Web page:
World War II would prove decisive for the fate of India. While Gandhi and his followers preferred the British and the Americans to the Nazis and Japanese, for the most part they refused to cooperate with the Allies unless India was given its independence. Gandhi and many of his closest followers spent most of the war in custody. Mohammed Ali Jinnah, the leader of the Moslem League and a former follower of Gandhi, used the war to make the Moslem League independent of Gandhi and the Indian National Congress (the umbrella organization for most of the pro-independence organizations). By backing the Allies when most Indian groups refused, Jinnah was setting the stage to proclaim a separate Moslem state whenever India was granted independence.
When World War II was over, the Labour Party under Clement Attlee came to power in Great Britain. One of their goals was to establish the Indian Empire as an independent dominion within the British Commonwealth. The divisions that Gandhi had managed to unite within the Indian independence movement now came forward as the probability of independence came closer. Gandhi was committed to a united India, but the Moslems, the rulers of most of Northern India before the British came but an overall minority, were inspired by Jinnah to seek a separate country for those areas with a Moslem majority. Although the British offered a plan for a confederated India that might have satisfied Moslem demands while maintaining a united Indian government, few of the Indian leaders of either side, including Gandhi, were willing to trust the British plan in 1946. The result was an India divided on religious lines, India and Pakistan becoming independent dominions in 1947.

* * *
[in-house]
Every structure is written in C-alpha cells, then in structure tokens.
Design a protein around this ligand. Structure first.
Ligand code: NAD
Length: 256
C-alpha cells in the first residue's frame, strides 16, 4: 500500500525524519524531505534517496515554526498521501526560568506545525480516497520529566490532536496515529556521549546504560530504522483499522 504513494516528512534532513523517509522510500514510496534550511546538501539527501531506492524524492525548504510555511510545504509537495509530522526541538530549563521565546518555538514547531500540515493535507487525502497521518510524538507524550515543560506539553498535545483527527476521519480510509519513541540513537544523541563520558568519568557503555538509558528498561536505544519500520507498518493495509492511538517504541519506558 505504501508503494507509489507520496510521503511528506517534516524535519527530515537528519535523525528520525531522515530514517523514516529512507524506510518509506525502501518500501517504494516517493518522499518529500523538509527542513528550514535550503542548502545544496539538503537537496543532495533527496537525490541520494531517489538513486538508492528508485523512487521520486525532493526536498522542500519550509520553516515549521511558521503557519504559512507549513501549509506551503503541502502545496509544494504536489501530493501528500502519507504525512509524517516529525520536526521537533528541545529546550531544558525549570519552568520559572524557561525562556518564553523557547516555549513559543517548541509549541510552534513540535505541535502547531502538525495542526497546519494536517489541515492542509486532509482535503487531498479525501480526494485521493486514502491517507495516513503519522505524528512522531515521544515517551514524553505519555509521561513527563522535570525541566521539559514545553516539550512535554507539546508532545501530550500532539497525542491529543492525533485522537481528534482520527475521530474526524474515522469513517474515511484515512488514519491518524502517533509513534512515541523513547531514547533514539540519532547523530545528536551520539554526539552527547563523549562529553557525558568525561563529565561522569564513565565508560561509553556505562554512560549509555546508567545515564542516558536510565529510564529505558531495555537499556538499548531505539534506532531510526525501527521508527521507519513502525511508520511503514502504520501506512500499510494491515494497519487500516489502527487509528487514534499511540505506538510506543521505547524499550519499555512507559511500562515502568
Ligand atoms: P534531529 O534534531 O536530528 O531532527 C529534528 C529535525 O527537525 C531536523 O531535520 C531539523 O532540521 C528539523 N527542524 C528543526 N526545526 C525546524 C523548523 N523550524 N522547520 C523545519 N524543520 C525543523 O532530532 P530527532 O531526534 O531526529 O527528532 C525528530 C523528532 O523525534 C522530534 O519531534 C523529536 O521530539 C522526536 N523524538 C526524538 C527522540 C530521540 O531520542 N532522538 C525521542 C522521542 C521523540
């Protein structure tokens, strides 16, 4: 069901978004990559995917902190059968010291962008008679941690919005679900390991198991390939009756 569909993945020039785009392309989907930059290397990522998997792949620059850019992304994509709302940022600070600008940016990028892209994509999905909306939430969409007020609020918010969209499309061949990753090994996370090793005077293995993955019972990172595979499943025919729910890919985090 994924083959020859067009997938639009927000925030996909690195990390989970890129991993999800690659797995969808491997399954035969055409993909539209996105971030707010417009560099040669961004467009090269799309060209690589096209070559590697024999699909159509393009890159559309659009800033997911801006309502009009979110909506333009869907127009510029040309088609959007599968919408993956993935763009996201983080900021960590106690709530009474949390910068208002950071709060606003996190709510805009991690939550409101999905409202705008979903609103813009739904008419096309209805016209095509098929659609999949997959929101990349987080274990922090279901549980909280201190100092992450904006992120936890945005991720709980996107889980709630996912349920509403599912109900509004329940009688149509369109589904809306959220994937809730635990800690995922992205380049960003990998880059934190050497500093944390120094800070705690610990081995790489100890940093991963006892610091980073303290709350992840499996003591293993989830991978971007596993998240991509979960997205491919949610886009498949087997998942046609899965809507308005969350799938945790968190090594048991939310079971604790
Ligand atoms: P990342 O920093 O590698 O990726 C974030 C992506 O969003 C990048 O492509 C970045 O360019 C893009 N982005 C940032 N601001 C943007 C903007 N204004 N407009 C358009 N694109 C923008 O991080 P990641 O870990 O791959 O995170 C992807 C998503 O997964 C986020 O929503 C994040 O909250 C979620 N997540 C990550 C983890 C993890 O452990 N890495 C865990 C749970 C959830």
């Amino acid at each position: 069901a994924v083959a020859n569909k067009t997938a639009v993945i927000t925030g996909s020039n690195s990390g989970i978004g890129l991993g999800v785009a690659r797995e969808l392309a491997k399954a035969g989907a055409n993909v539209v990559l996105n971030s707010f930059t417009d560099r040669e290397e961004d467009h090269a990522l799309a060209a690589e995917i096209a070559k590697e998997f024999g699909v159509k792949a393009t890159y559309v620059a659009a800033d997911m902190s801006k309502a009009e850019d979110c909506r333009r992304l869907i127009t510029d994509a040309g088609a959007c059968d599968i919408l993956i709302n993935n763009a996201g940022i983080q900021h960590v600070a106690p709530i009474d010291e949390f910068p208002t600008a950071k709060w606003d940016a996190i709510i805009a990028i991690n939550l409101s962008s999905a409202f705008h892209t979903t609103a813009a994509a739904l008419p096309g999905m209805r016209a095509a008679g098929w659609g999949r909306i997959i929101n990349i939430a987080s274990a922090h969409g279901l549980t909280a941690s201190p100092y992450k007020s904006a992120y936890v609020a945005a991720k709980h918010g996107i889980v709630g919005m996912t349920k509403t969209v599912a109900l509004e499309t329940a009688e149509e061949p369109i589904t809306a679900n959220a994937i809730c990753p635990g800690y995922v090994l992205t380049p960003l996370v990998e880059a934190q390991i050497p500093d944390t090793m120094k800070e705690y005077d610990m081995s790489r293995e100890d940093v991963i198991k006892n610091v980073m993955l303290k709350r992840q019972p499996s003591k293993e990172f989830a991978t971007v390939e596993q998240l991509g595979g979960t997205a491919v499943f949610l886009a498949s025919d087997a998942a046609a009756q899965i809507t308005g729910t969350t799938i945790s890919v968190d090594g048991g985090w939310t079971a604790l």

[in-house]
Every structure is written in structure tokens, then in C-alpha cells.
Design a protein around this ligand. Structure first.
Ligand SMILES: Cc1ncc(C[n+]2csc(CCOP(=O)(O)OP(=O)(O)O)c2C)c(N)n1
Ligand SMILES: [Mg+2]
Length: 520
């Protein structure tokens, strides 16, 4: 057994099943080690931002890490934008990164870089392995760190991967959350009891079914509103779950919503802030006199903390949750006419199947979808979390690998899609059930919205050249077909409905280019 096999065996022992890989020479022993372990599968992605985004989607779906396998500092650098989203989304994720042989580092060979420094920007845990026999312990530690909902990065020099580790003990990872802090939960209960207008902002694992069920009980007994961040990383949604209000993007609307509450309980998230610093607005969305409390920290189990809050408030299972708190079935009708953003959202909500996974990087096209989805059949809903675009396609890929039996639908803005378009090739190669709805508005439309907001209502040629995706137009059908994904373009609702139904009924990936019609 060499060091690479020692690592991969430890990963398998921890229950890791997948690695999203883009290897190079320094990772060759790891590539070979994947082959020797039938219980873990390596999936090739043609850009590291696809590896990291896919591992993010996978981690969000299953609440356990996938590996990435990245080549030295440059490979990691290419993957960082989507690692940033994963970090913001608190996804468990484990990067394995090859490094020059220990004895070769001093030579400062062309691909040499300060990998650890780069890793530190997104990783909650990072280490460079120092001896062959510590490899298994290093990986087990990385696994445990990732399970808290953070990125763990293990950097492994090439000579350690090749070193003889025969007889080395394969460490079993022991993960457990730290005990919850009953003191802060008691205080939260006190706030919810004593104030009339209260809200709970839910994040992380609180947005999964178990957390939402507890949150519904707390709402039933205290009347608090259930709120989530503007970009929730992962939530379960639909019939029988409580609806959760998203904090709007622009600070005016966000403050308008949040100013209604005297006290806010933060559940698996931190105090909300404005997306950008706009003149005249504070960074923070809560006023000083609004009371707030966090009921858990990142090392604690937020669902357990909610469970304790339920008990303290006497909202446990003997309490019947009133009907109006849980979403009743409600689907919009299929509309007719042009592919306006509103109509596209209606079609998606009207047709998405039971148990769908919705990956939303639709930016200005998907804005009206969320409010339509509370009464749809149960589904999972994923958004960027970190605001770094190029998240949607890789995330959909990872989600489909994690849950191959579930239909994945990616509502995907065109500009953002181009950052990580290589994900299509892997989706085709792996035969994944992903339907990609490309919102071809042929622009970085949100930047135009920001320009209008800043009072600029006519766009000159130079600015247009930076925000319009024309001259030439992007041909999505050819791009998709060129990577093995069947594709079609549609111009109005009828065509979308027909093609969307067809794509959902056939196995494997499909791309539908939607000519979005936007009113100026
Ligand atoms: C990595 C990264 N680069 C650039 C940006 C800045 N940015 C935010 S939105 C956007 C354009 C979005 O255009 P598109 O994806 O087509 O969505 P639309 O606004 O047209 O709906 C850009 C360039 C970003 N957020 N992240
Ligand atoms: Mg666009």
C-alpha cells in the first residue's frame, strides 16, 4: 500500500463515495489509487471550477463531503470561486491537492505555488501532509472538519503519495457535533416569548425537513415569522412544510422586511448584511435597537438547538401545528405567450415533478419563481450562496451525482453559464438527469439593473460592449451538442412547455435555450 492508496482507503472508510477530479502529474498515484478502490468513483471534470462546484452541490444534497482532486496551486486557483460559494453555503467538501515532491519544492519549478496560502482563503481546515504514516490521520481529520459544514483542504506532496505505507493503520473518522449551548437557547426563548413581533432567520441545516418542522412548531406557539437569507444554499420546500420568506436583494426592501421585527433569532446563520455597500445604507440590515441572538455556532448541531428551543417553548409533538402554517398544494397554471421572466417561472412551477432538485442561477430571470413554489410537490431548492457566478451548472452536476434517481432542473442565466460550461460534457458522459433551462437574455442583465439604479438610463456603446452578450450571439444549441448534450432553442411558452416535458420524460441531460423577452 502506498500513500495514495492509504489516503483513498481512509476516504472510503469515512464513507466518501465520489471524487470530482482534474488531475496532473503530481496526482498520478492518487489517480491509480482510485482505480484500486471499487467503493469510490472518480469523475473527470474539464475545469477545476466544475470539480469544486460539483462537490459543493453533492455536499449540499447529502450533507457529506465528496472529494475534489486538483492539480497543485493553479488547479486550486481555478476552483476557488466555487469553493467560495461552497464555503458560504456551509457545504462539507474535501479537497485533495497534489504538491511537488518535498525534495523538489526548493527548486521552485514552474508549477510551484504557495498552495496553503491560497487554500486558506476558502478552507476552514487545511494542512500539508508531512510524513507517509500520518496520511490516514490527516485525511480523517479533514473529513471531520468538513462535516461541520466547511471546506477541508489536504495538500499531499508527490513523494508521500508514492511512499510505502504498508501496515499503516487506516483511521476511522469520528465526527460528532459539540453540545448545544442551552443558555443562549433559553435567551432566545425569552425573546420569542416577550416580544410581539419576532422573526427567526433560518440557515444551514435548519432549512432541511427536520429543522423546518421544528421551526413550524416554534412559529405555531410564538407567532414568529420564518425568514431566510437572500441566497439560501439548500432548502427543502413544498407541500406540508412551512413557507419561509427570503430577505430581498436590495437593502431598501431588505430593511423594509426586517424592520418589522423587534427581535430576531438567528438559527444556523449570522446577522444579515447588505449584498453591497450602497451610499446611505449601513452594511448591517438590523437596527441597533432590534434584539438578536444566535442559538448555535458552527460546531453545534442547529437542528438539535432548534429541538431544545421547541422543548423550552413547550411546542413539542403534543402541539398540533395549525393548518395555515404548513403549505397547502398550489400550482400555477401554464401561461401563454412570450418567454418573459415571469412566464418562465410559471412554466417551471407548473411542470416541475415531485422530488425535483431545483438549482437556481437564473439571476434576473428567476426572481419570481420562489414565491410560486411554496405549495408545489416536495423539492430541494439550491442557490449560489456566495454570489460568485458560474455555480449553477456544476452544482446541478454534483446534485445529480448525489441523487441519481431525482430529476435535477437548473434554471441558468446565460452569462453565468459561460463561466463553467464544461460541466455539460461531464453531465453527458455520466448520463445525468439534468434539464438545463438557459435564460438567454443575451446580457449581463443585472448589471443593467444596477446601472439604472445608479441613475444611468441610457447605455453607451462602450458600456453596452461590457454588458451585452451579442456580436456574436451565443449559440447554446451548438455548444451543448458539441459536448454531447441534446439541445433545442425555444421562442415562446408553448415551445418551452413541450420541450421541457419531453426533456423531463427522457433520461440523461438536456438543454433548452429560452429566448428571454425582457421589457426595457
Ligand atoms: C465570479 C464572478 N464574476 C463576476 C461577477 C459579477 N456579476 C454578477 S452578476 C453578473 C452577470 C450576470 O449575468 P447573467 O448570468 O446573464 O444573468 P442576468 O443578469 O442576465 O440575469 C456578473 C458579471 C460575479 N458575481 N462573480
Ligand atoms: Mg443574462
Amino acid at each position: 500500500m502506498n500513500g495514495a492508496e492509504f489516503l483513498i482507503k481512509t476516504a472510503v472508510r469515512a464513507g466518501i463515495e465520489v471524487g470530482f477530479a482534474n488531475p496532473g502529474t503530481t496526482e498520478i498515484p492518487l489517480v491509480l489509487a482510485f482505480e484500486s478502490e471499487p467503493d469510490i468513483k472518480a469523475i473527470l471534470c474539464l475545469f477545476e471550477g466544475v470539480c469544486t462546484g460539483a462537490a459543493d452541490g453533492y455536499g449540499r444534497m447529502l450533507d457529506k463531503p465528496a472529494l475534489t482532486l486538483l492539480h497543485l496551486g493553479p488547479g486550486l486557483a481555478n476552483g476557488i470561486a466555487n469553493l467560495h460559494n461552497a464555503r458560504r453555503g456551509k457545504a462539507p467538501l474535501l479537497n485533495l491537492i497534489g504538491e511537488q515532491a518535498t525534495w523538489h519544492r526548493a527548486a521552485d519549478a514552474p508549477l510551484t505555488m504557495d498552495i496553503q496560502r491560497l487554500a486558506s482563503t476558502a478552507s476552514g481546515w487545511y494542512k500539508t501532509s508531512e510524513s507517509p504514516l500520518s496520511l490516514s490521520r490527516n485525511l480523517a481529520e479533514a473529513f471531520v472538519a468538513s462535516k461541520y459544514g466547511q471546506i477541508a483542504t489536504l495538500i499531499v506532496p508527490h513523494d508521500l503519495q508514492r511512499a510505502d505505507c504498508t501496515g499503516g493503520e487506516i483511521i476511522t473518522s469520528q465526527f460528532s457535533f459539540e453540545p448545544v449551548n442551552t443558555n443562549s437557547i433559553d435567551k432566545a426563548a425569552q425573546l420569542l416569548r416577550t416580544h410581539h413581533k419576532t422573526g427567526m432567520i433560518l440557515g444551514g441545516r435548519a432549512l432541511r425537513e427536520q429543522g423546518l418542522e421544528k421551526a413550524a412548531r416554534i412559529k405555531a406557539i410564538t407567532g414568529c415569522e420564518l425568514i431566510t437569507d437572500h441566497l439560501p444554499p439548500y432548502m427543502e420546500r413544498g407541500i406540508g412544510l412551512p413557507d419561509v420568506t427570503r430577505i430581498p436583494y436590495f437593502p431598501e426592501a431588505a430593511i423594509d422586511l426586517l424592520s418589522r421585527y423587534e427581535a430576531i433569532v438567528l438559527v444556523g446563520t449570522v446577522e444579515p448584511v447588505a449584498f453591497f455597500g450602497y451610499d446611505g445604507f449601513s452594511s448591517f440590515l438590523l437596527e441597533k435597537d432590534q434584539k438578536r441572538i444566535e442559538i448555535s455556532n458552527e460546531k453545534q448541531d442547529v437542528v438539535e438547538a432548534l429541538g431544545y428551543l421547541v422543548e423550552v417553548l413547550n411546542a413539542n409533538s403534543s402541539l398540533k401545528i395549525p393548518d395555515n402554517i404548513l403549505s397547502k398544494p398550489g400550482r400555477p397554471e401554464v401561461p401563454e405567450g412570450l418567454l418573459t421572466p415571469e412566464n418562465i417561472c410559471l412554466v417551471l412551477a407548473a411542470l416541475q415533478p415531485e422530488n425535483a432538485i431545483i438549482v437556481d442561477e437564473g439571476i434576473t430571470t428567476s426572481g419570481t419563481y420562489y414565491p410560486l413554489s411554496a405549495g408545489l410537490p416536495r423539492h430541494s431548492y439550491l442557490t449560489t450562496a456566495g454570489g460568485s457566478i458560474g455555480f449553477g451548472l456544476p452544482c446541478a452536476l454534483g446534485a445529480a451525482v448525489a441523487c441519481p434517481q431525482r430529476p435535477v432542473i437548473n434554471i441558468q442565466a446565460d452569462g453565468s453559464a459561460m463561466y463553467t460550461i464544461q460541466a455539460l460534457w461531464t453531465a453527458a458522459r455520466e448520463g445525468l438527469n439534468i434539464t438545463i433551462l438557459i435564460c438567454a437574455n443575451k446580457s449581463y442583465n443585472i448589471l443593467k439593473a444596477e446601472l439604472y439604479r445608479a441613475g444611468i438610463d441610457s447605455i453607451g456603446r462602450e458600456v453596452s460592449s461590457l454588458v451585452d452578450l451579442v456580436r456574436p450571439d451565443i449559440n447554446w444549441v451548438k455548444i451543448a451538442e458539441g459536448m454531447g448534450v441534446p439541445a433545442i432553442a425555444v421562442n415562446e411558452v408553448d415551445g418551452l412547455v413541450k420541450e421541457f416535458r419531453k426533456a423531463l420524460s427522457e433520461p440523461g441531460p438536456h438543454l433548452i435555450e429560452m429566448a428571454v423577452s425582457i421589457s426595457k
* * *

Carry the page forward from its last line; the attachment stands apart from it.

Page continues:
When a divided India became inevitable, Gandhi basically kept silent on the plan, devoting the rest of his life to quelling the religious unrest which welled up in 1947 and 1948, as Moslems and non-Moslems (many of them unwillingly) left their homes and made their way to areas where they would be in the majority. Hundreds of thousands of people died from violence, disease, and malnutrition during the riots and forced marches and in the relocation camps. Gandhi made his way to some of the worst scenes of conflict, pleading, arguing, and fasting to bring the violence to an end. Although he nearly died from the fasting and was often threatened by mobs, he was finally able to bring the worst of the violence to an end by the beginning of 1948. Religious and ethnic tensions remained, but there was, in general, peace between Hindus, Sikhs, Moslems, and the other groups.